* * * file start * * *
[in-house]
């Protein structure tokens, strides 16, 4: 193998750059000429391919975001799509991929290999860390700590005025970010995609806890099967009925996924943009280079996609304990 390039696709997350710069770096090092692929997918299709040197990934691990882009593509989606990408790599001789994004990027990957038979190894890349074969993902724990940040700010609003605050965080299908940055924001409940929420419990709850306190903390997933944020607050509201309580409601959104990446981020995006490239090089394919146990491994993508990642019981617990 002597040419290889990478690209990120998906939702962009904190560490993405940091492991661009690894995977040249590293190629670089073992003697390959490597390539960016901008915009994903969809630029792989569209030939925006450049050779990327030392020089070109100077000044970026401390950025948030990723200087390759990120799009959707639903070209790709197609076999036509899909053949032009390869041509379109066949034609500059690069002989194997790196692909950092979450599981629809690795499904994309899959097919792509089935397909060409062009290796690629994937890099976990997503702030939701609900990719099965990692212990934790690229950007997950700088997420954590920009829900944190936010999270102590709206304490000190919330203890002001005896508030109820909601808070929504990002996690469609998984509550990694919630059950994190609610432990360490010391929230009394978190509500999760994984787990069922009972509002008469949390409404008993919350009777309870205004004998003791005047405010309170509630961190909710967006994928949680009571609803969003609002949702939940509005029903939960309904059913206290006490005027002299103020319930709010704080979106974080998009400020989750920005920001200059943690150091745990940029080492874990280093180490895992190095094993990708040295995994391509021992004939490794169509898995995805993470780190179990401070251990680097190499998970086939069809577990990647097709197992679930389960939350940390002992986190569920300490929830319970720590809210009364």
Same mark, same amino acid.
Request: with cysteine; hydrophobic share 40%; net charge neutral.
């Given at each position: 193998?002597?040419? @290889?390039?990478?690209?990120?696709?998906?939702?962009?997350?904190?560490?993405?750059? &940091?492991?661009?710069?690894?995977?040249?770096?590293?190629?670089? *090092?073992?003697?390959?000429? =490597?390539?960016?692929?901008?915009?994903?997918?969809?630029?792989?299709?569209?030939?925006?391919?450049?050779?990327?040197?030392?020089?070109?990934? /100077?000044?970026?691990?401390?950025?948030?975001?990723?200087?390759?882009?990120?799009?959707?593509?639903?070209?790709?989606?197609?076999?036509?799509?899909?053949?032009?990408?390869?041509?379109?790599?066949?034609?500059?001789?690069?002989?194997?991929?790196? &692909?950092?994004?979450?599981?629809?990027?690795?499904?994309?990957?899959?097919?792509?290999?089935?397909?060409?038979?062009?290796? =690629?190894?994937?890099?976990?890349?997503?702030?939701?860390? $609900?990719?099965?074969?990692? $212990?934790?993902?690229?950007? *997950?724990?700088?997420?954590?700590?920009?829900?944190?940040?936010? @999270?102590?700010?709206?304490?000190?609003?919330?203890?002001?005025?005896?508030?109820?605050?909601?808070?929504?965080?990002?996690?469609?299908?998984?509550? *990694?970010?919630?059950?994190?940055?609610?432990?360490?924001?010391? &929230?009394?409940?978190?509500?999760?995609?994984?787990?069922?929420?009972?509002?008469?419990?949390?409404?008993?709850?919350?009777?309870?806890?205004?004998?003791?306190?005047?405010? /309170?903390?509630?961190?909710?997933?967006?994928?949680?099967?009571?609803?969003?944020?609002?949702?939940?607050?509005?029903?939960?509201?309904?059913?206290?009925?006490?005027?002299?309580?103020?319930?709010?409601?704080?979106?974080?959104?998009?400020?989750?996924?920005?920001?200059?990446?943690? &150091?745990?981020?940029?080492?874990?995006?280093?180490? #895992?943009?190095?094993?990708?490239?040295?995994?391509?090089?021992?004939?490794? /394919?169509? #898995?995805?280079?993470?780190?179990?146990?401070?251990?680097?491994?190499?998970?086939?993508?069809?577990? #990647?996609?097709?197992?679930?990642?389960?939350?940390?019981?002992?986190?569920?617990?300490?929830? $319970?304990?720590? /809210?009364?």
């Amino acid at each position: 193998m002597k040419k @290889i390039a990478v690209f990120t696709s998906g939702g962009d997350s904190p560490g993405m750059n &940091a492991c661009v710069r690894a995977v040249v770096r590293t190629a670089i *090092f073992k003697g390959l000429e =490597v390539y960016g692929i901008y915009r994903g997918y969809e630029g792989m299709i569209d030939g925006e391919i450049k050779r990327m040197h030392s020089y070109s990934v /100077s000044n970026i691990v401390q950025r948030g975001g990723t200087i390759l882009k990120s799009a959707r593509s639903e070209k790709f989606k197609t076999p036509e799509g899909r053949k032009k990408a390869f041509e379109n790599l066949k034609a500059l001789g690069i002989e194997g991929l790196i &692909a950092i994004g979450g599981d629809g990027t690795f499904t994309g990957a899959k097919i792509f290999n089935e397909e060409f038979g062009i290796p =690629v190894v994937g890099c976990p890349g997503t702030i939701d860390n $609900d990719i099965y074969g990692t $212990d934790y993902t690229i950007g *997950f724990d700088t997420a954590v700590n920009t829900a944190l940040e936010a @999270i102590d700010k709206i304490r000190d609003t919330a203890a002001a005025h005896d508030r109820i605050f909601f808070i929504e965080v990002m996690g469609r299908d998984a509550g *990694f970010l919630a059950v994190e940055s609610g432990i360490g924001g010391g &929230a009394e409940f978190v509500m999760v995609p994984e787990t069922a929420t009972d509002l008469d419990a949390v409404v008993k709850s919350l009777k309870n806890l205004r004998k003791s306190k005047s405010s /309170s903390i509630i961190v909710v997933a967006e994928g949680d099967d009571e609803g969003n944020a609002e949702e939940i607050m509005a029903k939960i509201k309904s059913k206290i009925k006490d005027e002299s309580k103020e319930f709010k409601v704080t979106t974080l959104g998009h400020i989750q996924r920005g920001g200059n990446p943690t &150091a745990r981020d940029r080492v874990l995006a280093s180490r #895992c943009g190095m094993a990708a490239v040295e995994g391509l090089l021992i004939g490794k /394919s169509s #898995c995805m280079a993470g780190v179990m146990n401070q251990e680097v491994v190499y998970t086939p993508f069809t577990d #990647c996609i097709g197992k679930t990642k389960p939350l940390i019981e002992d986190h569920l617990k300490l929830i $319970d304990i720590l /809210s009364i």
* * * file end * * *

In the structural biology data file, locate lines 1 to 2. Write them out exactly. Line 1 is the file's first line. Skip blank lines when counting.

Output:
[in-house]
């Protein structure tokens, strides 16, 4: 193998750059000429391919975001799509991929290999860390700590005025970010995609806890099967009925996924943009280079996609304990 390039696709997350710069770096090092692929997918299709040197990934691990882009593509989606990408790599001789994004990027990957038979190894890349074969993902724990940040700010609003605050965080299908940055924001409940929420419990709850306190903390997933944020607050509201309580409601959104990446981020995006490239090089394919146990491994993508990642019981617990 002597040419290889990478690209990120998906939702962009904190560490993405940091492991661009690894995977040249590293190629670089073992003697390959490597390539960016901008915009994903969809630029792989569209030939925006450049050779990327030392020089070109100077000044970026401390950025948030990723200087390759990120799009959707639903070209790709197609076999036509899909053949032009390869041509379109066949034609500059690069002989194997790196692909950092979450599981629809690795499904994309899959097919792509089935397909060409062009290796690629994937890099976990997503702030939701609900990719099965990692212990934790690229950007997950700088997420954590920009829900944190936010999270102590709206304490000190919330203890002001005896508030109820909601808070929504990002996690469609998984509550990694919630059950994190609610432990360490010391929230009394978190509500999760994984787990069922009972509002008469949390409404008993919350009777309870205004004998003791005047405010309170509630961190909710967006994928949680009571609803969003609002949702939940509005029903939960309904059913206290006490005027002299103020319930709010704080979106974080998009400020989750920005920001200059943690150091745990940029080492874990280093180490895992190095094993990708040295995994391509021992004939490794169509898995995805993470780190179990401070251990680097190499998970086939069809577990990647097709197992679930389960939350940390002992986190569920300490929830319970720590809210009364």